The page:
Photo: UN Environment

Providing knowledge to policymakers


The Emissions Gap Report is an annual scan of the difference between international commitments and the ambition needed to meet the Paris Agreement goals. The 2018 edition, released before the 24th Conference of the Parties to the United Nations Framework Convention on Climate Change, found that nations must triple their efforts if we are to keep global warming below 2°C. Global emissions reached a new high of 53.5 gigatonnes of CO2 equivalent in 2017. Only 57 countries are on track to peak emissions by 2030. But momentum from the private sector, innovation and green financing can bridge the gap.


While minimizing climate change is crucial, the world also has to prepare for some unavoidable impacts. The fourth UN Environment Adaptation Gap Report revealed a big gap between preparedness and the measures needed to protect communities from increasing climate risks. There is, however, growth in national laws and policies that address adaptation: at least 162 countries explicitly address adaptation at a national level, through 110 laws and 330 policies.


The Inclusive Wealth Report is led by UN Environment to evaluate the sustainability of nations’ economies and the well-being of their citizens. A country’s inclusive wealth is the social value of all its assets, including natural resources, human capital and production. The 2018 report shows that 44 out of 140 countries reviewed have suffered a decline in inclusive wealth per capita since 1992, despite gross domestic product growth. However, growth in inclusive wealth per capita in 81 countries puts them on a sustainable path.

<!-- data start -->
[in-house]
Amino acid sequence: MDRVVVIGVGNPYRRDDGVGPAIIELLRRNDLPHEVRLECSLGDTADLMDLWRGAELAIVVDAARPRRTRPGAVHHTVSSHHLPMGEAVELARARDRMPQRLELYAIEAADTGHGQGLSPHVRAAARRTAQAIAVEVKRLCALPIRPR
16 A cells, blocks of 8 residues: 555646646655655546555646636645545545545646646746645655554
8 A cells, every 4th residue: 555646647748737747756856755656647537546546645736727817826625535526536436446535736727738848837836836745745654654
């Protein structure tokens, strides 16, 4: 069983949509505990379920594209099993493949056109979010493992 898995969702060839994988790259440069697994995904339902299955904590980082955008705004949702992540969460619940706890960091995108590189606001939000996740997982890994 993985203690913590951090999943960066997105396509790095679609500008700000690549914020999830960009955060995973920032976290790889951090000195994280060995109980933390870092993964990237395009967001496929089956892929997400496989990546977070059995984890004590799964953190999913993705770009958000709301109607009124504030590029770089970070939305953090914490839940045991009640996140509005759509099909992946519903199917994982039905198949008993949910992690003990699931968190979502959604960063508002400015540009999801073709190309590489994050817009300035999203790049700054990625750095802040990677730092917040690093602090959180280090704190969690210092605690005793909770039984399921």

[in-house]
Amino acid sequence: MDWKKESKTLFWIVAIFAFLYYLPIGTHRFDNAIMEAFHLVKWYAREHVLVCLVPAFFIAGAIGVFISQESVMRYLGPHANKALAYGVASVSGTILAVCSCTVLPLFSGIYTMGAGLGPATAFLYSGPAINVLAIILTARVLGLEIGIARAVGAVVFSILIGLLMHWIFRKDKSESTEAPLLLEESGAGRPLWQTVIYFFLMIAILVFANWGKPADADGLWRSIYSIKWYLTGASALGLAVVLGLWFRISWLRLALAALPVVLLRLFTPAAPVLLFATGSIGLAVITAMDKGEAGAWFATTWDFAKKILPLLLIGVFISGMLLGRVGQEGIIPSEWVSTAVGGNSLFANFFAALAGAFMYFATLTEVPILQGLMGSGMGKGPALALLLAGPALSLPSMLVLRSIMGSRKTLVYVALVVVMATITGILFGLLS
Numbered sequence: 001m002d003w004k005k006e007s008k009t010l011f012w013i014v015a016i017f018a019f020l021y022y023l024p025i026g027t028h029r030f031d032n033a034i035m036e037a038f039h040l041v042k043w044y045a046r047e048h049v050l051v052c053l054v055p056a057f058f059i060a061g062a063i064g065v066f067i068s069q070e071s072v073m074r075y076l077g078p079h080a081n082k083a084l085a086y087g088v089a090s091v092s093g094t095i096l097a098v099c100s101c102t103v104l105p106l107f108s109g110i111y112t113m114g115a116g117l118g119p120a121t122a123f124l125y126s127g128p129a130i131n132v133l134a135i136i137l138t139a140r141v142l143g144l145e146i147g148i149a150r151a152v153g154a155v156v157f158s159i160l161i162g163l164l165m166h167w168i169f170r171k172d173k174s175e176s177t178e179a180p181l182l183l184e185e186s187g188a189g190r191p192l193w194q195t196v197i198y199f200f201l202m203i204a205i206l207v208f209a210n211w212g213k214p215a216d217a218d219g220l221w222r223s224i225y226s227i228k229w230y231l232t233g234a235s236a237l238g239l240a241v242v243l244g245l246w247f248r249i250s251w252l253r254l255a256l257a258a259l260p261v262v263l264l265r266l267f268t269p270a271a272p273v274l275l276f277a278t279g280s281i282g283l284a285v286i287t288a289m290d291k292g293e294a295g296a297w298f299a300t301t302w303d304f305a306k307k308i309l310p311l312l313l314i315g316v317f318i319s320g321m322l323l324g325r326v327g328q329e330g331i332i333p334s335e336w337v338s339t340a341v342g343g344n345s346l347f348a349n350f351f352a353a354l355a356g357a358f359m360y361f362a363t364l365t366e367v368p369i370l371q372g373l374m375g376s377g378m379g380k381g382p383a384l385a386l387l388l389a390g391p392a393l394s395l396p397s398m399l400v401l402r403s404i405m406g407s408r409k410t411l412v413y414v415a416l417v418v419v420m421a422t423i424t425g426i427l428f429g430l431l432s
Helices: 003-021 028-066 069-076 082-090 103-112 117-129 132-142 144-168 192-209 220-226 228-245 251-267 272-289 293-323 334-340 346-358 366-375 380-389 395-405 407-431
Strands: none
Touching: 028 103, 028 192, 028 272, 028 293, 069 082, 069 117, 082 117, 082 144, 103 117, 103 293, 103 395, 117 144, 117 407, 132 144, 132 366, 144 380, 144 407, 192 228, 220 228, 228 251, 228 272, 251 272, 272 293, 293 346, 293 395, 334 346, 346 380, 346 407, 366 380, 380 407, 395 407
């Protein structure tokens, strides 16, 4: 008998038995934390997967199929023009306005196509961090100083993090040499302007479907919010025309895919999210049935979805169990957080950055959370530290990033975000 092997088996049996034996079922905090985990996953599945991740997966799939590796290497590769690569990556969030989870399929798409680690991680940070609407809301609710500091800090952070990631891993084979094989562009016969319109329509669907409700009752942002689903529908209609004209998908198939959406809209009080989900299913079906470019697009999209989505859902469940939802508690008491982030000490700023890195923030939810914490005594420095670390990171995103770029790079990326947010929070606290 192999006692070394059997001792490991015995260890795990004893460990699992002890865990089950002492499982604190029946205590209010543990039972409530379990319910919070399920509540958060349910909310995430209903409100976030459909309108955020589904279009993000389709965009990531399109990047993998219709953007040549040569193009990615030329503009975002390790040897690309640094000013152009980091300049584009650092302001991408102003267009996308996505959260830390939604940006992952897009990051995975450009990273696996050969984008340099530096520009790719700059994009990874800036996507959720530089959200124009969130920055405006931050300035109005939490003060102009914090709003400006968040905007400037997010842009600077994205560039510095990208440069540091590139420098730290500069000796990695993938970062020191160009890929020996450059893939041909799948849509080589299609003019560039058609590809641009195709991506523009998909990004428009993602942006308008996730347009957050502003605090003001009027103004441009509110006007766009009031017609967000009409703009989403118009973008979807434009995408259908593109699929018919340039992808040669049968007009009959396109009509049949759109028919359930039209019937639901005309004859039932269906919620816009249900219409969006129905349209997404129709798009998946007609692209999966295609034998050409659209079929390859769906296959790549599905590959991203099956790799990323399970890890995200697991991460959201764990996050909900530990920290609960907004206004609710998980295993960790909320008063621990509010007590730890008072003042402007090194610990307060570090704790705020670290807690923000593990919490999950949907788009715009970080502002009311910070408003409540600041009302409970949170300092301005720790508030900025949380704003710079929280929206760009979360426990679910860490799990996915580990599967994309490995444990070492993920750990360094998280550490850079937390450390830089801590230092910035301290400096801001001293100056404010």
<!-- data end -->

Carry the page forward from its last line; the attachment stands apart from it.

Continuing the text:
The UN Environment-hosted International Resource Panel launched two major pieces of research. “Re-defining Value – The Manufacturing Revolution” finds that if products were remanufactured, refurbished, repaired and reused, the amount of new material needed could be significantly reduced. Such value-retention processes could reduce greenhouse gas emissions in some sectors by 79 to 99 per cent.

“The Weight of Cities: Resource Requirements of Future Urbanization” calls for policymakers to treat resource efficiency with the same importance as climate policy to create cities that are low-carbon and resource-efficient. The annual amount of natural resources used by urban areas could grow from 40 billion tonnes in 2010 to 90 billion tonnes by 2050 if changes are not made to how cities are built and designed.

Browse our publications